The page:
81 In Massachusetts, new data suggest that the spread of COVID is considered a “high risk”


Eighty-one cities in Massachusetts have been classified as a “high risk” of the spread of the coronavirus based on the new metrics used by health officials to determine the level of risk in communities.

These communities are: Attleboro, Barnstable, Bellingham, Berkley, Blackstone, Boxford, Brockton, Chelmsford, Chelsea, Chicopee, Clinton, Dartmouth, Dighton, Douglas, Dracut, East Longmeadow, Edgartown, Everett, Fairhaven, Fall River, Fitchburg, Framingham, Freetown, Gardner, Georgetown, Hampden, Haverhill, Holyoke, Hopedale, Lancaster, Lawrence, Leicester, Lenox, Leominster, Littleton, Lowell, Ludlow, Lunenburg, Lynn, Malden, Marion, Mendon, Merrimac, Methuen, Middleton, Milford, Millbury, Monson, New Bedford, Norfolk, Oak Bluffs, Paxton, Peabody, Rehoboth, Revere, Rutland, Salisbury, Safe, Seekonk, Shirley, Somerset, Southbridge, Southwick, Springfield, Sterling, Sutton, Swansea, Taunton, Templeton, Tisbury, Tyngsbor Upton , Uxbridge, Wenham, West Boylston, West Springfield, Westminster, Westport, Whitman, Winchendon and Woburn.

Last week, the number of cities called high-risk was 63 after the Massachusetts Department of Public Health announced changes to the way communities are classified on the national map.

The Department of Public Health has announced that it will change the classification of communities at risk for COVID transmission on the national map. Risk designations – which are colored, gray, green, yellow and red based on the level of infection – are now defined by several new indicators for three new population categories: communities with less than 10,000 inhabitants; Between 10,000 and 50,000; and greater than 50,000.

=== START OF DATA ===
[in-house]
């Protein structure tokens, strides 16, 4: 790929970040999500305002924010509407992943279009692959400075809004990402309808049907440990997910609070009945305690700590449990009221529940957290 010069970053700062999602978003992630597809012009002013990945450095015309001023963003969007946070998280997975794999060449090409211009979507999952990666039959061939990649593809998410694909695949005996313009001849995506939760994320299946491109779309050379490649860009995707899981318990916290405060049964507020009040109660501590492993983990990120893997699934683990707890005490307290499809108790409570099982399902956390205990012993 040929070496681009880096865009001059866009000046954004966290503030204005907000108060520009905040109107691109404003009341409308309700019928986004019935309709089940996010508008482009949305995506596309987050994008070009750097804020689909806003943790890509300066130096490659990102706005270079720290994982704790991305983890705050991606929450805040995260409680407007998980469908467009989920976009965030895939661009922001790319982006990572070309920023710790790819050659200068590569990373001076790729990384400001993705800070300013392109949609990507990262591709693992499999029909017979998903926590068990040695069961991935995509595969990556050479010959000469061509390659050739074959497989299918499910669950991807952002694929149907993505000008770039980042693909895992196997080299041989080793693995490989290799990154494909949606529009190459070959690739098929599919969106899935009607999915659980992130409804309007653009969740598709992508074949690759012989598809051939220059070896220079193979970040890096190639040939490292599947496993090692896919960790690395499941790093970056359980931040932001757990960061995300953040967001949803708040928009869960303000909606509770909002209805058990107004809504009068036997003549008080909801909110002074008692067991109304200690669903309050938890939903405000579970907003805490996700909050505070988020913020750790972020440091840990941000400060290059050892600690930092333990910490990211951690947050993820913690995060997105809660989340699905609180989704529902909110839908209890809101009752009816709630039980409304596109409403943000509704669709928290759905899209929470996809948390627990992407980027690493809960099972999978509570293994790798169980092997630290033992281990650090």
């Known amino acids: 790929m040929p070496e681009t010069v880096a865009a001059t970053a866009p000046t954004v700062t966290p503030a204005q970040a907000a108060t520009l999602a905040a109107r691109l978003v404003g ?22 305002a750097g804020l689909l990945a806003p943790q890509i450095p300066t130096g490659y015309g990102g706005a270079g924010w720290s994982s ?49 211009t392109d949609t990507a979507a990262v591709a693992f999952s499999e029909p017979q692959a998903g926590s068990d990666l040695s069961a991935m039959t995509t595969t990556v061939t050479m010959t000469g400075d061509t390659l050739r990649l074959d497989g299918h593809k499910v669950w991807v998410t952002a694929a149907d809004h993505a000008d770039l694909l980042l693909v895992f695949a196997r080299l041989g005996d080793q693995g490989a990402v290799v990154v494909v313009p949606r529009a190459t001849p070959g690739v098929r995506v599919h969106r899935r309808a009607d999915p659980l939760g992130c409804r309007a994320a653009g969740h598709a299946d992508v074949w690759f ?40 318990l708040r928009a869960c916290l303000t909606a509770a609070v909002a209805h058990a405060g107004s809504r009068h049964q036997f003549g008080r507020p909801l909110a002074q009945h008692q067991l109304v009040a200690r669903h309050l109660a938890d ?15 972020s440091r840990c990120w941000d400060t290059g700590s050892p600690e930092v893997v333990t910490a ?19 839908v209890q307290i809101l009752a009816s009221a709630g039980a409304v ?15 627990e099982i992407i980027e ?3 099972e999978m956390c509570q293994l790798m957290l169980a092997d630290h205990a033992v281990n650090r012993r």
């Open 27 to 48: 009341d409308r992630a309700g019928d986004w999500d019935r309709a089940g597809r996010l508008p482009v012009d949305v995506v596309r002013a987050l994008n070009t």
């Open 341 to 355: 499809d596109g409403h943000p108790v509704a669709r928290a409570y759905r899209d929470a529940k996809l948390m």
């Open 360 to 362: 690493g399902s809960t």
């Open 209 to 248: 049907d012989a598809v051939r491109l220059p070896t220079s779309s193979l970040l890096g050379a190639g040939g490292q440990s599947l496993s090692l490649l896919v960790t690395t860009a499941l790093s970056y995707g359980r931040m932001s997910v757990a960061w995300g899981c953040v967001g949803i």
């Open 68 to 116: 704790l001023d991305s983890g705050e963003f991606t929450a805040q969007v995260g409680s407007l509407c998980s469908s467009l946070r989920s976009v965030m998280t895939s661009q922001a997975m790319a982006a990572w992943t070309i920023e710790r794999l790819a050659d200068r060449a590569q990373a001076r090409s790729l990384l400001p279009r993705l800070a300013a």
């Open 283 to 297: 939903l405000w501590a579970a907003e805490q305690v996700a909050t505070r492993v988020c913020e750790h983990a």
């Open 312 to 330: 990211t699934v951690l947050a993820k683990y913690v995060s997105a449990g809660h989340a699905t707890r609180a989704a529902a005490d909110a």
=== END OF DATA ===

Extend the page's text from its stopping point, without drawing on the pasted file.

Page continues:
Officials say the new categories will help make community-specific data more nuanced and take better account of the growth of cases in smaller communities and communities where testing is stronger.

For communities with less than 10,000 inhabitants, the “gray” mark is obtained if there are a total of 10 cases or less; “Green” if there are 15 cases; “Yellow” if there are up to 25 cases; and “red” if there are more than 25 cases.

For communities with a population of 10,000 to 50,000, the “gray” mark is given if there are a total of 10 cases or less; “Green” if there are on average less than 10 and more than ten cases per 100 000 inhabitants; “Yellow” if there are 10 or more cases per 100 000 population or a test positive rate of at least 5%; and “red” if there are 10 or more cases per 100,000 population and the test has a positivity rate of at least 5%.

And for communities with more than 50,000 inhabitants, “gray” will be marked if there are a total of 15 cases or less; “Green” if there are on average less than 10 and more than 15 cases per 100 000 inhabitants; “Yellow” if at least 10 cases per 100 000 population or a test positivity of at least 4%; and “red” if there are 10 or more cases per 100,000 population and the test has a positivity rate of at least 4%.

State health officials confirmed 4,464 new cases of coronavirus on Friday, reflecting two-day data.

“Today’s dashboard includes reports received by Wednesday afternoon, November 25, and Friday, November 27, by 8 a.m.,” health officials said. “As a result, today’s figures reflect case numbers from the longer period.”

Another 29 COVID-related deaths were reported by health officials on Friday, bringing the total number of deaths since the outbreak began to 10,401.

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